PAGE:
Treatment modality affects long-term quality of life in gyaecological cancer.
2000 (English)In: Anticancer Research, ISSN 0250-7005, Vol. 20, no 1B, 563-568 p.Article in journal (Refereed) Published
In order to survey the side effects after cancer treatment, quality of life data were collected from females in clinical remission, Materials and Methods: The study was cross-sectional, every patient that visited the outpatient clinic during a period of thr ee months was asked to anonymously complete the EORTC QLQ-C30 questionnaire and five additional specific questions related to gynaecological cancel: Results: In total, 235 patients (90%) returned the questionnaire In general, both the levels of functioning and symptomatology were time-dependent. Patients with short treatment-free intervals reported more problems than the others. When wing treatment modality as an independent variable in the statistical calculations, a treatment-related effect on functioning and symptomatology was demonstrated (p < 0.05 to p < 0.001). Patients previously treated with chemotherapy had poorer role- and cognitive functioning and mole problems with fatigue, nausea, vomiting, dyspnoea, constipation and financial problems, compared with those not treated with chemotherapy (p < 0.05 to p < 0.01). Those patients who had been treated with external radiotherapy and/or brachytherapy had significantly more problems with flatulence and diarrhoea (p < 0.05 to p < 0.001). In conclusion, patients who underwent treatment for gl gynaecological cancer reported long-term side effects also many years after finishing treatment. The problems where related to treatment modality which should be considered, especially when planning adjuvant treatment.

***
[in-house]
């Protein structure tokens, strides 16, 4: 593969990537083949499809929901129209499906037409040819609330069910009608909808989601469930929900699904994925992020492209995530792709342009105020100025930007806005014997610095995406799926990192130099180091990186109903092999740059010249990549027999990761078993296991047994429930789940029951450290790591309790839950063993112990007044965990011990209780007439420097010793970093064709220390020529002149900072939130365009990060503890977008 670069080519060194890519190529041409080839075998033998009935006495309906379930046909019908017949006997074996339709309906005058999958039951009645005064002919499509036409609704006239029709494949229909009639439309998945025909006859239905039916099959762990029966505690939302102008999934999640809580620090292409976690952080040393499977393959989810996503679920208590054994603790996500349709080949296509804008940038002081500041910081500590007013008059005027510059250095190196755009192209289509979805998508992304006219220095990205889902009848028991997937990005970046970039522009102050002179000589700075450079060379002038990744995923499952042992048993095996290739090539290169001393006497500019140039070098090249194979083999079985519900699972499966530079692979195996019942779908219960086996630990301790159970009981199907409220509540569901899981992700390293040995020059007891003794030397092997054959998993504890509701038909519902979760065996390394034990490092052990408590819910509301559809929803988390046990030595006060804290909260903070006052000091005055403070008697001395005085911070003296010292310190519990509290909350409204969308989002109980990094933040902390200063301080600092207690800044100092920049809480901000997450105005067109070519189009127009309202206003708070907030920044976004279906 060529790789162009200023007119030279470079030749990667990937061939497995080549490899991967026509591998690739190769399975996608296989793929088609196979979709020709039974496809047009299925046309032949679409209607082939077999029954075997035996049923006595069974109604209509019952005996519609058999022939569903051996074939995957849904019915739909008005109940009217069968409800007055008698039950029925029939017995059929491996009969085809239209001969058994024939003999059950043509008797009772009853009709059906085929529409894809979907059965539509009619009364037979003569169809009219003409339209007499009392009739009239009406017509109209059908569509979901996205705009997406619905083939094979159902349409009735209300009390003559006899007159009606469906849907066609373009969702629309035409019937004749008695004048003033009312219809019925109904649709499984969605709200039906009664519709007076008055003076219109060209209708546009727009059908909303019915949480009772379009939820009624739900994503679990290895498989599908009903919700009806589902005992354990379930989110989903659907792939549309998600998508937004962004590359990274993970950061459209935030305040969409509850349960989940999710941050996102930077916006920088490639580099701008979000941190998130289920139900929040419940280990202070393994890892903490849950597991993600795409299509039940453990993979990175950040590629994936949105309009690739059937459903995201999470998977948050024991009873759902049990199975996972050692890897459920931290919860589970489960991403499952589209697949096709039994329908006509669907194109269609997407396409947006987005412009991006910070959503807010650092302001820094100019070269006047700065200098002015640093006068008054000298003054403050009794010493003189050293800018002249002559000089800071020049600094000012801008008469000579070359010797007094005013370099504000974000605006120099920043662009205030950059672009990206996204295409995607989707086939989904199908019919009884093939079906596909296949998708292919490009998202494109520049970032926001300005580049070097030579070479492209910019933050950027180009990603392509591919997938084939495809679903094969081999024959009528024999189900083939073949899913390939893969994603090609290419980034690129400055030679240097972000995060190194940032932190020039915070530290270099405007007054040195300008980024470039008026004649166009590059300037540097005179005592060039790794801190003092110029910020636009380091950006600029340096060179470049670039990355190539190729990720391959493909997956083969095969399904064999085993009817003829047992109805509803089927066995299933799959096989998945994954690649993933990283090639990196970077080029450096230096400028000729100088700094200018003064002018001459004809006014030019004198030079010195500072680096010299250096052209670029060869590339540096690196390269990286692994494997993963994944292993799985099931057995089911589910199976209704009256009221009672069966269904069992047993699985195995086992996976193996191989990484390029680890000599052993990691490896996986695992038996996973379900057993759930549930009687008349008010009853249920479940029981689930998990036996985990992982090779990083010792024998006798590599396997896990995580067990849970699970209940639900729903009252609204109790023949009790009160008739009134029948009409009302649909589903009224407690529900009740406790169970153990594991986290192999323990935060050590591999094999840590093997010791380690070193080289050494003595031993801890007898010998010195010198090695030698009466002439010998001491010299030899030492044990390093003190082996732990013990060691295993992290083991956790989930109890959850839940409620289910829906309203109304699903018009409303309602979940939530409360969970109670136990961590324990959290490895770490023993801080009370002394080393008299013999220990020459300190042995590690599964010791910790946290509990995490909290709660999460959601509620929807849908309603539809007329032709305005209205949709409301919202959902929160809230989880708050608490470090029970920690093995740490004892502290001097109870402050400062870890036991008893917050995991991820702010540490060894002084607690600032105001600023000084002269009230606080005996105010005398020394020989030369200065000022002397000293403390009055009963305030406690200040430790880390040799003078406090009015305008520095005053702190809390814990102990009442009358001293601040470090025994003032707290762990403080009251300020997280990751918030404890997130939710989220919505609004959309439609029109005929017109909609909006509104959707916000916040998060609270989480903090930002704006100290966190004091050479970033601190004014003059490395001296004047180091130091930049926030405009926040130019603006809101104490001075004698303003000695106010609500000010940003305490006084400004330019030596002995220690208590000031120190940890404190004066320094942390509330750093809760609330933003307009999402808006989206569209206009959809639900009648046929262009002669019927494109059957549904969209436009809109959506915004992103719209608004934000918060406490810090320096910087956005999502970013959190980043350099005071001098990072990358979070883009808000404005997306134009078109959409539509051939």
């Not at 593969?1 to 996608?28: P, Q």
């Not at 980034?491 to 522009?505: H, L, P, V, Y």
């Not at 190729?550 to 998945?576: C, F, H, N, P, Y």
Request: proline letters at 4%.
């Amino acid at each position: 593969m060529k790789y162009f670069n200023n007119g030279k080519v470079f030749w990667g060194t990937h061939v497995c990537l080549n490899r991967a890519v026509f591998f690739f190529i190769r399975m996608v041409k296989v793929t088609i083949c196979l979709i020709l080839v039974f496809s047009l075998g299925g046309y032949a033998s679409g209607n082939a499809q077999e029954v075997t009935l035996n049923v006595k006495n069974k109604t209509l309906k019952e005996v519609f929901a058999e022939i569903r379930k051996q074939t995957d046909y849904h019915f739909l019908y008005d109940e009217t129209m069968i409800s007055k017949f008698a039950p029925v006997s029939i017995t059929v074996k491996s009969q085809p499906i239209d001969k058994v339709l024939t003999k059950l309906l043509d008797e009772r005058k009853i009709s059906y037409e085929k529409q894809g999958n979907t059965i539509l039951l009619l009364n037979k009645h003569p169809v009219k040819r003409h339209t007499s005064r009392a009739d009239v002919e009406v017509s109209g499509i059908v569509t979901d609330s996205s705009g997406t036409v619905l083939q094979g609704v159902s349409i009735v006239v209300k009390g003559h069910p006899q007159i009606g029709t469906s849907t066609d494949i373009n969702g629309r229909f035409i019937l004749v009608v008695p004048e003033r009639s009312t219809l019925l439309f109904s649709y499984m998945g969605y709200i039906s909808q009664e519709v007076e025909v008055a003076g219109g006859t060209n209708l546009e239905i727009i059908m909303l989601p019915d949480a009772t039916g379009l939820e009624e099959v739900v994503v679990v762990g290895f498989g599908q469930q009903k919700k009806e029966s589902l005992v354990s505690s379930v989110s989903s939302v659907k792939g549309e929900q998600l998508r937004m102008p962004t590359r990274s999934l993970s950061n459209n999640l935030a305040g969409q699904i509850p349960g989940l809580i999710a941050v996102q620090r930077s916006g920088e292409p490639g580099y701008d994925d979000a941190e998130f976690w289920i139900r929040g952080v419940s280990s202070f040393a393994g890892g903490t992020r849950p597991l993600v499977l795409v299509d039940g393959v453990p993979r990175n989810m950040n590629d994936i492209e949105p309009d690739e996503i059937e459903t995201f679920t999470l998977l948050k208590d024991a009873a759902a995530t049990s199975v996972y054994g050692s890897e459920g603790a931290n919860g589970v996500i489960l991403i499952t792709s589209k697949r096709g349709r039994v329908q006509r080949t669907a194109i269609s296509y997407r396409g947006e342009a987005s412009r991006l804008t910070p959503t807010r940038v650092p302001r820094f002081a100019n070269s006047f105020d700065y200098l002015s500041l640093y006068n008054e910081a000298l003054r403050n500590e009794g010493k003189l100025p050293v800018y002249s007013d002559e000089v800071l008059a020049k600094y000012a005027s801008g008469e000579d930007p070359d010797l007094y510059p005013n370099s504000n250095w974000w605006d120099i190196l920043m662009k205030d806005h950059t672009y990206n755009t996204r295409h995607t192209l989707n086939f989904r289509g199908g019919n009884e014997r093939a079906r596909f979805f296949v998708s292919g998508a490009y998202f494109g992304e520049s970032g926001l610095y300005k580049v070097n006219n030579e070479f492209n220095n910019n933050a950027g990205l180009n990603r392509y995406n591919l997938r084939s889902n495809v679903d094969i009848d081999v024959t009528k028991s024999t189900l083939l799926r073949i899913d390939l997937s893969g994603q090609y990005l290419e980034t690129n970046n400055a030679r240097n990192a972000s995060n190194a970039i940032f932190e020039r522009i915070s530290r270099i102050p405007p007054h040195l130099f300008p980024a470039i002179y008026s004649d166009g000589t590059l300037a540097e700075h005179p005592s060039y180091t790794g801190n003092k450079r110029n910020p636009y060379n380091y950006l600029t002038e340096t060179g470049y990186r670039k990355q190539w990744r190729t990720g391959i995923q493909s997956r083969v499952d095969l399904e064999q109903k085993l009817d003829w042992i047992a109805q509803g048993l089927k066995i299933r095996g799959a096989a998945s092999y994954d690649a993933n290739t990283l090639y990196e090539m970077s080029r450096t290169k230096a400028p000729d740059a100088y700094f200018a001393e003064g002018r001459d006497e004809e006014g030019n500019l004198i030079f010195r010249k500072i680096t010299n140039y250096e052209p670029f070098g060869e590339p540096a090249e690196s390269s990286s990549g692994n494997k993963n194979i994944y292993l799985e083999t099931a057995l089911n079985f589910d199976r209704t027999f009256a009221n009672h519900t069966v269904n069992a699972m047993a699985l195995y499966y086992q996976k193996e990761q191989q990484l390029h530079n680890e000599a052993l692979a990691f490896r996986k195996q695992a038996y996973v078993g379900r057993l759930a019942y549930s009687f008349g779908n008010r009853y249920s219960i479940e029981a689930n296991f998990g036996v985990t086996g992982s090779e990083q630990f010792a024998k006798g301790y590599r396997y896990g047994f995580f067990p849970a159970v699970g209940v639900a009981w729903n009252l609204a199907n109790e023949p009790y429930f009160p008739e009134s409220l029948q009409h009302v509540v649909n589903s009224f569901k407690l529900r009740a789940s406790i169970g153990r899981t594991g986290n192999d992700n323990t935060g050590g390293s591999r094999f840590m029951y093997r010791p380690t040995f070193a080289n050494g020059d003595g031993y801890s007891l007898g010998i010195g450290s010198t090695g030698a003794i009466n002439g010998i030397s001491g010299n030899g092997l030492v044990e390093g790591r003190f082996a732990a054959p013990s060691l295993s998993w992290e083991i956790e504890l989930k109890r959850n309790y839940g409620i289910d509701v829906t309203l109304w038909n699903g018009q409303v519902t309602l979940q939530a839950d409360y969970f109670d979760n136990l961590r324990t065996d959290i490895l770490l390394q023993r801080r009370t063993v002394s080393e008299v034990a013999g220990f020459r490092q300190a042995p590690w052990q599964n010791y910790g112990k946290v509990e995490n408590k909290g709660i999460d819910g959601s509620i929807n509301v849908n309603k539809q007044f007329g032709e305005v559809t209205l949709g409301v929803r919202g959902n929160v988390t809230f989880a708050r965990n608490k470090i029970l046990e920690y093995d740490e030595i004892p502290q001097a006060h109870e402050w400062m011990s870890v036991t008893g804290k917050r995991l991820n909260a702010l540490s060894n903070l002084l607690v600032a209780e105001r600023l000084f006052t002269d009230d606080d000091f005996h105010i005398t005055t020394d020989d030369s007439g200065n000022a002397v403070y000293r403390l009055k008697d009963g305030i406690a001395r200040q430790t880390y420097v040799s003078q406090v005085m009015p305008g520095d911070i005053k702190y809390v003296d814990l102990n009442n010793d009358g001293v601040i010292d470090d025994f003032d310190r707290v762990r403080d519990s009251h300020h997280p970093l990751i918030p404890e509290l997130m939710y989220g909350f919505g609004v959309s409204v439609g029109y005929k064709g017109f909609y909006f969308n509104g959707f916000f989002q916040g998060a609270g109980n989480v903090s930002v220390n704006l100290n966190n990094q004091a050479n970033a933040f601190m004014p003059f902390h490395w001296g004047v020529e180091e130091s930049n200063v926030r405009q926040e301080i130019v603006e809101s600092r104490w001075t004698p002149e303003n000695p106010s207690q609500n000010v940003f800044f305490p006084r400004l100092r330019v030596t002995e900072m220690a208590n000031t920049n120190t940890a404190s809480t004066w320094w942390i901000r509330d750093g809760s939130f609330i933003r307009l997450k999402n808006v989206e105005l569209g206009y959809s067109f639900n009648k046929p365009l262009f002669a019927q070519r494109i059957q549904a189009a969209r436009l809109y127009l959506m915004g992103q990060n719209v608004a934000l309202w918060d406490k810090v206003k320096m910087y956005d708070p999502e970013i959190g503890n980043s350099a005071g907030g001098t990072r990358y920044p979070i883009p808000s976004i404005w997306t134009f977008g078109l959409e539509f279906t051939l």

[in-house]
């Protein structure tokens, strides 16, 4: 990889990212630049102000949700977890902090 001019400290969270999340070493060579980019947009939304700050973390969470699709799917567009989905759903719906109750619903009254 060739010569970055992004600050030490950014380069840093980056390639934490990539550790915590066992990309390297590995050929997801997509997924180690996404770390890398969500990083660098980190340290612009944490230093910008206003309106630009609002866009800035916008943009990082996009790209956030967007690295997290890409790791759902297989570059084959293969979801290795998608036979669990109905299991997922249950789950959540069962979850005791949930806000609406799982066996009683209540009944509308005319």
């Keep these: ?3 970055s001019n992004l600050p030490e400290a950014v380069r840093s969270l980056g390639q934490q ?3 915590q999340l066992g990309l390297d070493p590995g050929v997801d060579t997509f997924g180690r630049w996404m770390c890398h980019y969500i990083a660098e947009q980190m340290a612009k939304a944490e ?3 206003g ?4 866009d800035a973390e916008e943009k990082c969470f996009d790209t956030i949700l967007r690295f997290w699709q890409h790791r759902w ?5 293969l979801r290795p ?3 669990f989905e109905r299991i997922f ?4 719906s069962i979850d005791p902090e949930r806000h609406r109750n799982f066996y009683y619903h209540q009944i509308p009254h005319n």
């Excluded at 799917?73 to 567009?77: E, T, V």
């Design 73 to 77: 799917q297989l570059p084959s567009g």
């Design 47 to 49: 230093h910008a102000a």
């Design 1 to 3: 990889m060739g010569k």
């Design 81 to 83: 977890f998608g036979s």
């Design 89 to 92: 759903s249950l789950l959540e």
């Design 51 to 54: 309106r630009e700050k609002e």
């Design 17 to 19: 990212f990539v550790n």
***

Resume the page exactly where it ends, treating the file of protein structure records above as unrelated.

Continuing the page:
Place, publisher, year, edition, pages
2000. Vol. 20, no 1B, 563-568 p.
gynaecological cancer, clinical omission, quality of life, side effects
Medical and Health Sciences
IdentifiersURN: urn:nbn:se:liu:diva-25384Local ID: 9827OAI: oai:DiVA.org:liu-25384DiVA: diva2:245713